Who are your favorite musicians of today? Groups? Recordings? A couple of drummers are Cliff Almond, Keith Carlock, Eric Harland to name a few young guys who are killing it. I’ve been waiting for the next wave of great young players to make their mark, we’re a little overdue but I’m sure it’s coming. It always does! The art always progresses, just not always at a pace you expect. It ebbs and flows…
What inspires you today? Music, art, film, etc? Everything in life inspires me in some way, good and bad. I’ve been catching up with some reading I’ve been meaning to get to and I feel that reading makes my mind relax and expand in a positive way. My work with my big band inspires me today. I’m obsessed with trying to figure out the next step in large ensemble jazz. I new voice and direction What is it? Stay tuned…
Do you get still get nervous before a performance? If so – how do you cope with those feelings? If not – what have you done to control them? I never had stage fright. I love that moment of getting on the stage…
What advice would you give to beginners who are nervous? Um… Don’t be? Seriously, just relax. People are usually so supportive of the artist and they are on your side. Don’t forget that. Just practice, be prepared and then enjoy the moment! Music is supposed to be fun, don’t forget that!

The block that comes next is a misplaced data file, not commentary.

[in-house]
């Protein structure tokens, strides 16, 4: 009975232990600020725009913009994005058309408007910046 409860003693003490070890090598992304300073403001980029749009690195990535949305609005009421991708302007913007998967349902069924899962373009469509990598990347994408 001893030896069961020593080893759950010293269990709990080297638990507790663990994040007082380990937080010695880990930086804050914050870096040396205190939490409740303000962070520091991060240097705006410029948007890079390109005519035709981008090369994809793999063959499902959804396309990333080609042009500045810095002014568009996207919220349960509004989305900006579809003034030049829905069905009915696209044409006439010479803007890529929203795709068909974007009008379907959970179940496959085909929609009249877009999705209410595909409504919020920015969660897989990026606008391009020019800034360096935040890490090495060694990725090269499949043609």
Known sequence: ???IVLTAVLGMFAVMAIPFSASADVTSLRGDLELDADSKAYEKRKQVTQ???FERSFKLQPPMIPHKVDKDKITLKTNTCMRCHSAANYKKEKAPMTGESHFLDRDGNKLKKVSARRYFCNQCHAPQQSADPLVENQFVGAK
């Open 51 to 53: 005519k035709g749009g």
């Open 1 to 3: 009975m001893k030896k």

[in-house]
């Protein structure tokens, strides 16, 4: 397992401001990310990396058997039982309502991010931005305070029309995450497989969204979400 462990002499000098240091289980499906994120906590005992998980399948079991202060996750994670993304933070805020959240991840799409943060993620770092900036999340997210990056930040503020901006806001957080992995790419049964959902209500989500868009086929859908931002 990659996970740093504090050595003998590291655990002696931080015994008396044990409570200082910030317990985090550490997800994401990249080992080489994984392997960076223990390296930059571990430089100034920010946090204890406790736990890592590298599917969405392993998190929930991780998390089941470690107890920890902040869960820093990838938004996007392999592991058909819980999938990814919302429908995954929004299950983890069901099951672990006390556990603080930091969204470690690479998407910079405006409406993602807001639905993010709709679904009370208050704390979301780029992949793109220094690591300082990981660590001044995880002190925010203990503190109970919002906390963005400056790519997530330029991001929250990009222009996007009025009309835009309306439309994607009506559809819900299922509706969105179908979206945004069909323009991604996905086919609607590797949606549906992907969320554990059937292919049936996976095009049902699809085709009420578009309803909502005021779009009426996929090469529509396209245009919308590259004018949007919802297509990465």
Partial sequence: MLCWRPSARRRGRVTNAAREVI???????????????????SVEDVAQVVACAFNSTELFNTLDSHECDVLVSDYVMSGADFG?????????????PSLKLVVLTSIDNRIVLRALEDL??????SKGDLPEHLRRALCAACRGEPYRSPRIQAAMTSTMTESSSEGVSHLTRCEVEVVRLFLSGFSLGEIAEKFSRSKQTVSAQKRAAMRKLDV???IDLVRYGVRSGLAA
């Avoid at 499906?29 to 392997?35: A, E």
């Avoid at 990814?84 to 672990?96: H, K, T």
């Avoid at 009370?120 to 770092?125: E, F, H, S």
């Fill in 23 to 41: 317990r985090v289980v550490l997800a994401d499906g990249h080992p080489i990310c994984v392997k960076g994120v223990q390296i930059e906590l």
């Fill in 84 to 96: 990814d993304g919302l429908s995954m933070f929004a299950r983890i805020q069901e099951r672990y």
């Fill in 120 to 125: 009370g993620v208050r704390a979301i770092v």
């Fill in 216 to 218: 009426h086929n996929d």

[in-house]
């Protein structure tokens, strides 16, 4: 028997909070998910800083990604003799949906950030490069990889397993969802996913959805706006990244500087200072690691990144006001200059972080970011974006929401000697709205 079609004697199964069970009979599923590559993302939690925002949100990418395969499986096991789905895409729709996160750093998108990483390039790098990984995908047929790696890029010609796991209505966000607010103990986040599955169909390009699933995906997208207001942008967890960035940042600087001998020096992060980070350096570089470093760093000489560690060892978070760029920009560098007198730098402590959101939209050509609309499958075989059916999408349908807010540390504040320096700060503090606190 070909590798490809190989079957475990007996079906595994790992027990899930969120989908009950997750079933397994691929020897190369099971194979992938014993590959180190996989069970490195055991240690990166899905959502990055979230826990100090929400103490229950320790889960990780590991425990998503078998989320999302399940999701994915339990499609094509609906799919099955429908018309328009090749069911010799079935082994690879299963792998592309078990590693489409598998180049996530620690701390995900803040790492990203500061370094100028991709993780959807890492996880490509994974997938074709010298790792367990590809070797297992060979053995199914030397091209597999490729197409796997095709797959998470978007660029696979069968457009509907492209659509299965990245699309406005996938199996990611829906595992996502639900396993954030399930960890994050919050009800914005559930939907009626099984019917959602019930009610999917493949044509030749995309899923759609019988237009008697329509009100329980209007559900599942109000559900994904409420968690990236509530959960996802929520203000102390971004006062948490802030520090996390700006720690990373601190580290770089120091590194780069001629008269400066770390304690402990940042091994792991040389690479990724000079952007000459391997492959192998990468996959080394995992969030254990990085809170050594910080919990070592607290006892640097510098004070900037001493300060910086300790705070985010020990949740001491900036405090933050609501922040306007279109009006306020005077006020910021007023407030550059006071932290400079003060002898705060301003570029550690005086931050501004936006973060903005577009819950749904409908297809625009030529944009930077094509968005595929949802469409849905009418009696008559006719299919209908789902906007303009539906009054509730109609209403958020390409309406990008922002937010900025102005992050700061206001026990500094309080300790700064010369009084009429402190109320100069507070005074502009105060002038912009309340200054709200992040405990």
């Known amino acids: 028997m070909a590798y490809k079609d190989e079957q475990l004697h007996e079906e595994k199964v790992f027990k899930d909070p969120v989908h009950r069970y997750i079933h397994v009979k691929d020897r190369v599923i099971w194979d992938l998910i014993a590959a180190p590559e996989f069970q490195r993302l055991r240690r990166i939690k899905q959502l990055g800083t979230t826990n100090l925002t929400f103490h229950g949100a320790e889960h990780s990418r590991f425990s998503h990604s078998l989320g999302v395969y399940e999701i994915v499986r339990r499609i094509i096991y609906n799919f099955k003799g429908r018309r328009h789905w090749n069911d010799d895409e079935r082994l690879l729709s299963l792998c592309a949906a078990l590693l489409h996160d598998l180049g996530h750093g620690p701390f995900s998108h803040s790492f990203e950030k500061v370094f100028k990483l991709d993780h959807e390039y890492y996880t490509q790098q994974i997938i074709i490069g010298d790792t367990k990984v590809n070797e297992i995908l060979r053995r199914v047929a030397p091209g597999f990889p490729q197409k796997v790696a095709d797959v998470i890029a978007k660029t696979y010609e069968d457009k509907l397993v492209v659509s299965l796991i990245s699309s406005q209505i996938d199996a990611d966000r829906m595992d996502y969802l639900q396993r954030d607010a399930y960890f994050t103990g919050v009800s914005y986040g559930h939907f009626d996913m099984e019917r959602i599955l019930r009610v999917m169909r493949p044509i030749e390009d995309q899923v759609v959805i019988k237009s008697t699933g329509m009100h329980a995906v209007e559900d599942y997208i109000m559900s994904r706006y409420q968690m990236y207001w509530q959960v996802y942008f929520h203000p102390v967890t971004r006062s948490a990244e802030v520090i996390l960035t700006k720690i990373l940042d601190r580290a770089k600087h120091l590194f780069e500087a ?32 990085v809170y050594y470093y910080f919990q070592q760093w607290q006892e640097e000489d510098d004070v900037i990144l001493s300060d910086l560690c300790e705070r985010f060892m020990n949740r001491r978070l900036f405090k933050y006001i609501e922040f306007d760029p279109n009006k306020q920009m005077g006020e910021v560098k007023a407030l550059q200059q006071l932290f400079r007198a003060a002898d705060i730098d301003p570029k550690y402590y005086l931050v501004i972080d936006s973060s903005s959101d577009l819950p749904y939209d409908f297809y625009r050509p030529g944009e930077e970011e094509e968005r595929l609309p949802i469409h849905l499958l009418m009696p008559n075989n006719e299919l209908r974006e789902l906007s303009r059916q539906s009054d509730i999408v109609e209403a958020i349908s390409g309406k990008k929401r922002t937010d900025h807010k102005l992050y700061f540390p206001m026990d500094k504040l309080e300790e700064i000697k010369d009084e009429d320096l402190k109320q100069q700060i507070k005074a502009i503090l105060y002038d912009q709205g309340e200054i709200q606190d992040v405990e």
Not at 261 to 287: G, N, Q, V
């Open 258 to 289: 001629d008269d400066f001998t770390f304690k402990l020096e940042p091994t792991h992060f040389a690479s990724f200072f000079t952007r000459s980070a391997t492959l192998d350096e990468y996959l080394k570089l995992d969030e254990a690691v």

Do you still practice? If so, how often and for how long – and what material do you work on? I do, but usually only short bursts, for like an hour tops. There are so many things to work on that it’s never a problem to find things to play. I keep a stack of books on my stand and sometimes I just close my eyes and flip and whatever page is open, that’s my work.
Do you play instruments other than drums? If so – what, and do you feel its helped you develop as a drummer or musician? Piano. The first thing I recommend to every young drummer coming up is to immediately take piano lessons. It’ll make you a better musician, as well as a better drummer. My piano training is a huge part of the success I’ve had in the business.
If you could give one piece of advice to an up and coming drummer, what would it be? 3 things: Take piano lessons, get out of your comfort zone and keep technologically current. If you don’t have a home recording set-up and you are under the age of 30 then you are living in an alternate reality from another era.